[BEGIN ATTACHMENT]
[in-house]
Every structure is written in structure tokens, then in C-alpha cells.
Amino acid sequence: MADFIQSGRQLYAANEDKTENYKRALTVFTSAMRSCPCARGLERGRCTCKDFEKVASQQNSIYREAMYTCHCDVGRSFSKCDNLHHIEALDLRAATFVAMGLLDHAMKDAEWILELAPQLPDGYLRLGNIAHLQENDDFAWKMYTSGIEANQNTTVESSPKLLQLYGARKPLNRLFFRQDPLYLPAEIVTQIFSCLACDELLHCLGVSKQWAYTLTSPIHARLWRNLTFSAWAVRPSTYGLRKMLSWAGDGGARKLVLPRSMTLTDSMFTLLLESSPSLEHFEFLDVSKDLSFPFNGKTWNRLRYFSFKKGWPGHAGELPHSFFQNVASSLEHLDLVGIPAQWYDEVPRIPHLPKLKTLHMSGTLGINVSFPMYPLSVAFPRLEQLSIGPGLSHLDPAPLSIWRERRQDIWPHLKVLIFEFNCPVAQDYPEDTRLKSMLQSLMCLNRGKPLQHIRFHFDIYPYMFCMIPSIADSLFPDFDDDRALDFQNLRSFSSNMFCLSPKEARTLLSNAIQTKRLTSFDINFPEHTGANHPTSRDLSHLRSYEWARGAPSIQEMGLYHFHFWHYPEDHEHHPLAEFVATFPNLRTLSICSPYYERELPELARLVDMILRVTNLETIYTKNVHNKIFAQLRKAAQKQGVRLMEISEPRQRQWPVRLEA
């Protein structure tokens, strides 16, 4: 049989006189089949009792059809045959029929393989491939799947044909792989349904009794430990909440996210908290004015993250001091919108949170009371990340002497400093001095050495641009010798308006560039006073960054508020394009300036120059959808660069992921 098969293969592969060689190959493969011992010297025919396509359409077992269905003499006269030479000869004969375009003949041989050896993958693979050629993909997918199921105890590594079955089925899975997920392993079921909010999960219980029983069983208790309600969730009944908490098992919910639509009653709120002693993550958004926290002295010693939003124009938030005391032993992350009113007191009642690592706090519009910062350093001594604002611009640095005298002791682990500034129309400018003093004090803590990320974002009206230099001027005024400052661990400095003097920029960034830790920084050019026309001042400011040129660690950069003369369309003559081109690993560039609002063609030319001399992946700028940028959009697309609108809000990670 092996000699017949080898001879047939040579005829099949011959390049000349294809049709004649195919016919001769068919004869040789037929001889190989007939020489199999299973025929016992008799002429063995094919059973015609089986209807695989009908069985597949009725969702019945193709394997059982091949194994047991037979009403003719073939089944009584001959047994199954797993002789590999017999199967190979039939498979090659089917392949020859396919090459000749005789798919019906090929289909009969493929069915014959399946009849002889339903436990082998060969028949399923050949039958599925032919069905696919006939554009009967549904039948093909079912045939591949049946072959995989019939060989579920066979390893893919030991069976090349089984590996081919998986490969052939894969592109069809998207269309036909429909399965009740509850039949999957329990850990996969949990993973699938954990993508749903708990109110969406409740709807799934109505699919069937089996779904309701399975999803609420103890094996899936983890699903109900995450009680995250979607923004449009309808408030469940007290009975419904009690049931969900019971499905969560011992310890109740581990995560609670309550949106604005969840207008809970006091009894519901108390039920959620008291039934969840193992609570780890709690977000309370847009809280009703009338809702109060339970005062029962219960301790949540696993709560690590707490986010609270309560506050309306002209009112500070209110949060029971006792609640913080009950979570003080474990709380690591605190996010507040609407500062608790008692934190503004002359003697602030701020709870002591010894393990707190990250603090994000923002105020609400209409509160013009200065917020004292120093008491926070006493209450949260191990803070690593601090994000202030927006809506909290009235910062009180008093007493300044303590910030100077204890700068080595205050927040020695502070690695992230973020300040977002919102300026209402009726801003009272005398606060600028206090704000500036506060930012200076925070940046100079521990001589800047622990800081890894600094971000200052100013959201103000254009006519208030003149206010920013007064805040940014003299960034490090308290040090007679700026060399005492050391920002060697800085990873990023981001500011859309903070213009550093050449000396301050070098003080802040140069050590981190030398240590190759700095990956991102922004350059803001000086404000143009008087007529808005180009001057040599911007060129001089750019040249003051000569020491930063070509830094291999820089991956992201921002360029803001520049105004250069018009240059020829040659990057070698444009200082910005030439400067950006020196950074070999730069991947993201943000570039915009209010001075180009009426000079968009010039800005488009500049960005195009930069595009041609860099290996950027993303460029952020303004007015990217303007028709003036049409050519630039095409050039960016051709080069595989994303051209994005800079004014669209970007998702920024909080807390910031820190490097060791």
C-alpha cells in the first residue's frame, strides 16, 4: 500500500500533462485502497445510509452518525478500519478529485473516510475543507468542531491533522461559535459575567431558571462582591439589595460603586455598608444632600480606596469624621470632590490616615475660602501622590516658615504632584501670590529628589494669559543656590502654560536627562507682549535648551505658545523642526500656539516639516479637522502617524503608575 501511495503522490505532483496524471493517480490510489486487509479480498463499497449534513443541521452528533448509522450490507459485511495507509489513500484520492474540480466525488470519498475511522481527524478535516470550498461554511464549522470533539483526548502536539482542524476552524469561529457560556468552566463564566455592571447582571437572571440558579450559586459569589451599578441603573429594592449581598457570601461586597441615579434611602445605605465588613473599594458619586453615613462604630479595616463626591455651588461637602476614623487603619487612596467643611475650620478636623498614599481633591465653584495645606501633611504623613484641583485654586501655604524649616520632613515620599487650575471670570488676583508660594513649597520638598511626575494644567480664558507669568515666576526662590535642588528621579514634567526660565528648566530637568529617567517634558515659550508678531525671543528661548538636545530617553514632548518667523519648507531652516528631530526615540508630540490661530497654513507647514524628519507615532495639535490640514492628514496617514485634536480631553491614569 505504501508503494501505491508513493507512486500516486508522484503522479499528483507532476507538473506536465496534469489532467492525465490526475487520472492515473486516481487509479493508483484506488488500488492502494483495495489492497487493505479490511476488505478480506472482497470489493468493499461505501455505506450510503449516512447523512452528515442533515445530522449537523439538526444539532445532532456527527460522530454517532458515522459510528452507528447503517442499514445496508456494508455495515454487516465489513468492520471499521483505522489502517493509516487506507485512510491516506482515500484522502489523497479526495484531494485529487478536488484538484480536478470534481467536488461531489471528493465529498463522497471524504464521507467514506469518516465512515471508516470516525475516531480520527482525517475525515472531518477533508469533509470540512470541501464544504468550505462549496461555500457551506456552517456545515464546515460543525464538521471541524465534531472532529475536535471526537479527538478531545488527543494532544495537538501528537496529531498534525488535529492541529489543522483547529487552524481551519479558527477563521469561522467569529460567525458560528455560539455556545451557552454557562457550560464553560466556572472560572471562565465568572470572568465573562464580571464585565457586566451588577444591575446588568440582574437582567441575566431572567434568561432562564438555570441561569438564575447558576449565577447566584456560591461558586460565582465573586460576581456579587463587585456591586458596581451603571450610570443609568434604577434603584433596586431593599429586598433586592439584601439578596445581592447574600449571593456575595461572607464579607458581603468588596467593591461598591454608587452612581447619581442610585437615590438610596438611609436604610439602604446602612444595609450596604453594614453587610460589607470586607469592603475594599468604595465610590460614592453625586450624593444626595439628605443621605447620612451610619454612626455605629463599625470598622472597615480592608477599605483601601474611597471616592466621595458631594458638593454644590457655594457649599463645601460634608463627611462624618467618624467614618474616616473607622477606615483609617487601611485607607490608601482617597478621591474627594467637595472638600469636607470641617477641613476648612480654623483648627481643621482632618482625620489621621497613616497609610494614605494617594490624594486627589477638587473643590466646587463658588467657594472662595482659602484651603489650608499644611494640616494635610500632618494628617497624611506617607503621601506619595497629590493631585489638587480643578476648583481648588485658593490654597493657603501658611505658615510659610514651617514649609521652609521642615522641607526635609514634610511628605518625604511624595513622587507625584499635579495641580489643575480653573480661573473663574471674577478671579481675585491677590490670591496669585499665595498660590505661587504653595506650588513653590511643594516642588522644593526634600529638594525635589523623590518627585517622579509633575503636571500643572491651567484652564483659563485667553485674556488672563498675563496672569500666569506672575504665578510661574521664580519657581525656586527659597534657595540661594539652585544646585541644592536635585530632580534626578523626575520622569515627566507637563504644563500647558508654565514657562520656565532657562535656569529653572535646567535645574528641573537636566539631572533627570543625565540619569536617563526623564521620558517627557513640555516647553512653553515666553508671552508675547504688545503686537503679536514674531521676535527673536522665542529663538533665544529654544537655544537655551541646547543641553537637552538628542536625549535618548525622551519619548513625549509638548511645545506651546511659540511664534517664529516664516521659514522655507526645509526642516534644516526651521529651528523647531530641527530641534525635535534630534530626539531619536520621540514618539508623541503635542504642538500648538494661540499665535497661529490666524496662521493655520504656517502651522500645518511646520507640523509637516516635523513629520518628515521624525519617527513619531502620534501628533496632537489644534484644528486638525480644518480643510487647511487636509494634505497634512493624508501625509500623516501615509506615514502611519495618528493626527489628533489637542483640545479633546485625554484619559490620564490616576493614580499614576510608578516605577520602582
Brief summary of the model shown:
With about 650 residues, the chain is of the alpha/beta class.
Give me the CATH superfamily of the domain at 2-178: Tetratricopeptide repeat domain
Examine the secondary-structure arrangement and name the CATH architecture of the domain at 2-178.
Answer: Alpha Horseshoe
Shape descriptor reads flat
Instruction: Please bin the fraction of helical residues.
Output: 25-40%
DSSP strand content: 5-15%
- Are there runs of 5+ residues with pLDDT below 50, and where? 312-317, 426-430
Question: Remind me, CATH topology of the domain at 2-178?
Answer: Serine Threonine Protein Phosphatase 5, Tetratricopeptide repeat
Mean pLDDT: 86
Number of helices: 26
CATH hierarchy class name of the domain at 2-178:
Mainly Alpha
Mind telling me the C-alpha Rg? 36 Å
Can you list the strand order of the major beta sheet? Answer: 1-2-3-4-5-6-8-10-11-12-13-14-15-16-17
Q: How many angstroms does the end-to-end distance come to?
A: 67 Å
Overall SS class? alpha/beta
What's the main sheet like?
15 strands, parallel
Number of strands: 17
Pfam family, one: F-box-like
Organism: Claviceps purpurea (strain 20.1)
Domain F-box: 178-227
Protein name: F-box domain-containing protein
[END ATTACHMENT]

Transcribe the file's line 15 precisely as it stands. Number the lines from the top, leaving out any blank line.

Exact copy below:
- Are there runs of 5+ residues with pLDDT below 50, and where? 312-317, 426-430